He began by sweating chopped carrots and onions in a little oil or butter, simmered them in vegetable stock (or water) until tender, strained, and puréed them in a food processor yielding a silky smooth and sweet carrot ‘sauce’ base for his pizza. He finished it simply with julienne of various veggies, fresh basil and a little cheese. It was brilliant. I’m still craving it.

I would love to know your favorite and/or most creative pizza flavor combinations! I’d also love a really fantastic crust recipe if any of you have one…

So while you’re still thinking about pizza, here are a few pics of more traditional pies that made the Pizza Day cut…

Pear, bleu cheese, pecan and balsamic. The same version, sans the bleu cheese, is above for the non-bleu-cheesers of the group.

Traditional tomato sauce we’d made during our days exploring canning techniques, topped with mushrooms and prosciutto.

Pesto of mixed salad greens with just a little basil- still quite delicious- with sun dried tomatoes and mozzarella we made earlier that day.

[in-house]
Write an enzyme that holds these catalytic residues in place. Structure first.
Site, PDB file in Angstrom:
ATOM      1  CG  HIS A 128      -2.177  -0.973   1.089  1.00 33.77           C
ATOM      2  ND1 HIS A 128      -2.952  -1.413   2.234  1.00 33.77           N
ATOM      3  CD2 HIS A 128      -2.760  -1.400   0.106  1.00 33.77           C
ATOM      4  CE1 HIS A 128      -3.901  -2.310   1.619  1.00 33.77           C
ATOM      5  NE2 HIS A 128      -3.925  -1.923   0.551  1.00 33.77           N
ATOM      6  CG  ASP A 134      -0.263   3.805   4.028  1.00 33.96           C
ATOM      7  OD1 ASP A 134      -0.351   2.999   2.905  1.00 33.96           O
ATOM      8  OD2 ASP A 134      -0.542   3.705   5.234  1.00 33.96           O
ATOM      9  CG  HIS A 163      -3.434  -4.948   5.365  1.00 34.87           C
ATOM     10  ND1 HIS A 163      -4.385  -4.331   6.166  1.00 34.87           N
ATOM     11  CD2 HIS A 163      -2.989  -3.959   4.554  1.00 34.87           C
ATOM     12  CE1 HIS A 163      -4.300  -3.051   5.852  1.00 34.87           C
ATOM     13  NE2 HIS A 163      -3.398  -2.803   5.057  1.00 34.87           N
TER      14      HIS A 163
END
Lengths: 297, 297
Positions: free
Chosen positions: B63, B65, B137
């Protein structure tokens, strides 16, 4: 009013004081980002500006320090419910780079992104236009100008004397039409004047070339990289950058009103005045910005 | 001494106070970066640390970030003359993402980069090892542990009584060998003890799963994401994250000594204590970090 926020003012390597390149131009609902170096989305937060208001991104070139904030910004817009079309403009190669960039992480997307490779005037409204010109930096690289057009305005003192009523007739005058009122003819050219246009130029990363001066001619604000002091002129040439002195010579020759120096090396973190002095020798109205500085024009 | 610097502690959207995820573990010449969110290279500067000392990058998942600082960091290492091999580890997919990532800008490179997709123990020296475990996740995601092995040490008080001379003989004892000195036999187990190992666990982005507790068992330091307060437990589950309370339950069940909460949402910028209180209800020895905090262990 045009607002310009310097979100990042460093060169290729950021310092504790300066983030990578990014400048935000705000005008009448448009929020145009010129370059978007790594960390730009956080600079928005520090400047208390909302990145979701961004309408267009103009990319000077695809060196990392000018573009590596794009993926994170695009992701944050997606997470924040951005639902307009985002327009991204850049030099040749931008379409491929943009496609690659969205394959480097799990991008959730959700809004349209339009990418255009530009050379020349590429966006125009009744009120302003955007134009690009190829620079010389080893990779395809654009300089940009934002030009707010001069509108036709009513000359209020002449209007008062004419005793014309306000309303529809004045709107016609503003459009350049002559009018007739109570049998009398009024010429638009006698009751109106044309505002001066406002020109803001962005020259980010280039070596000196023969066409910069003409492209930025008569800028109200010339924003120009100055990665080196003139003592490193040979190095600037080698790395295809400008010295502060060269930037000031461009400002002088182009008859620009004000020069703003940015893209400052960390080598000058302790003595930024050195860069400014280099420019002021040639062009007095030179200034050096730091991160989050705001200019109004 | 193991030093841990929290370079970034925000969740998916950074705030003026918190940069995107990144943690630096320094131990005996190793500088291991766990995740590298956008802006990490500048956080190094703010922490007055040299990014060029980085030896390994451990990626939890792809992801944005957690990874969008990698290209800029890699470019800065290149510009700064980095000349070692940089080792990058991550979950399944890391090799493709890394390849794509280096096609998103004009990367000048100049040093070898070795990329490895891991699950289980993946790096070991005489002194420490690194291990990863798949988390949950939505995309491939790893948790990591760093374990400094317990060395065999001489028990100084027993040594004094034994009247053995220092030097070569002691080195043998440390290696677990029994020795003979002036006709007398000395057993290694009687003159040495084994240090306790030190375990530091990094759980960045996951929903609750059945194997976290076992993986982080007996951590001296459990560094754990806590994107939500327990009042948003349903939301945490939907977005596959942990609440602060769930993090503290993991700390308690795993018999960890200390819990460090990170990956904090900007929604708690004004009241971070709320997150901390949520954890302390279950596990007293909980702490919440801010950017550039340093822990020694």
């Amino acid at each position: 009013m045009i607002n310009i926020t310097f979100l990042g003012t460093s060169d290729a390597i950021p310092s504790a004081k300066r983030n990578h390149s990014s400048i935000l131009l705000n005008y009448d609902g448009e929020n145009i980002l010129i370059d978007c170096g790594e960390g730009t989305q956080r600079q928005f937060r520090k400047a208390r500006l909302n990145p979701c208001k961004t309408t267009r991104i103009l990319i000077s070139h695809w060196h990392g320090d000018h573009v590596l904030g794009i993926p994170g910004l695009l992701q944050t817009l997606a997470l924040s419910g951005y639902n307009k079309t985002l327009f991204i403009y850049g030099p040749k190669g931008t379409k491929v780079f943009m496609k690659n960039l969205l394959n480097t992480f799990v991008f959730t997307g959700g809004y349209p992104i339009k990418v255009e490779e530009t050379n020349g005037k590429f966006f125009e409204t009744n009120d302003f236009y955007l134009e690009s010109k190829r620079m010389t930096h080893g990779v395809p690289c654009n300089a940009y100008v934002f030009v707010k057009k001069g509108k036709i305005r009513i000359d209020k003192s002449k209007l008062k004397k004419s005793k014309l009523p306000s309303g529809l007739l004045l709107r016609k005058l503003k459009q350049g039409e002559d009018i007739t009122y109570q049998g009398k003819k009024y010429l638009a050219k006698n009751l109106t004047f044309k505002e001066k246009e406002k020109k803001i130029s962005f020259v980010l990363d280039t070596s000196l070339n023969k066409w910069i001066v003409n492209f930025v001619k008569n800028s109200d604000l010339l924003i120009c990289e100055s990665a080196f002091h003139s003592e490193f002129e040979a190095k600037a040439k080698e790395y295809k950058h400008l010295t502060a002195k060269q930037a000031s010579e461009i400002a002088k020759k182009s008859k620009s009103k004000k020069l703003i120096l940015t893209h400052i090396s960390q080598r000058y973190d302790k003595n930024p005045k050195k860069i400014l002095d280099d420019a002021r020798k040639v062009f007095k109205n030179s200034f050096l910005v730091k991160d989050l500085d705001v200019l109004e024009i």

Anchovy, onion, basil and sun dried tomatoes.

All the meats, with a few shrooms. I’m thinking this one was made in retaliation to the carrot pizza above which avoided animals altogether.

Caramelized onions, prosciutto and fresh basil finished with an egg.

Finals and a Nutella Pound Cake

The past few days have been consumed in the fun of both written finals and practical finals in the kitchen. Ok, so maybe taking a written final isn’t ‘fun’ exactly… but it sure wasn’t the torture of a quiz on pharmacokinetics or medical biochemistry.

And a practical final in the kitchen? Three hours and a mystery basket- yes, I was literally given an actual basket, straw woven with a cloth napkin lining… full of obligatory ingredients… I was almost giddy! Definitely an intense few hours- unfortunately without time for photos- but in the end I was pleased with the final platings. Huge sigh of relief.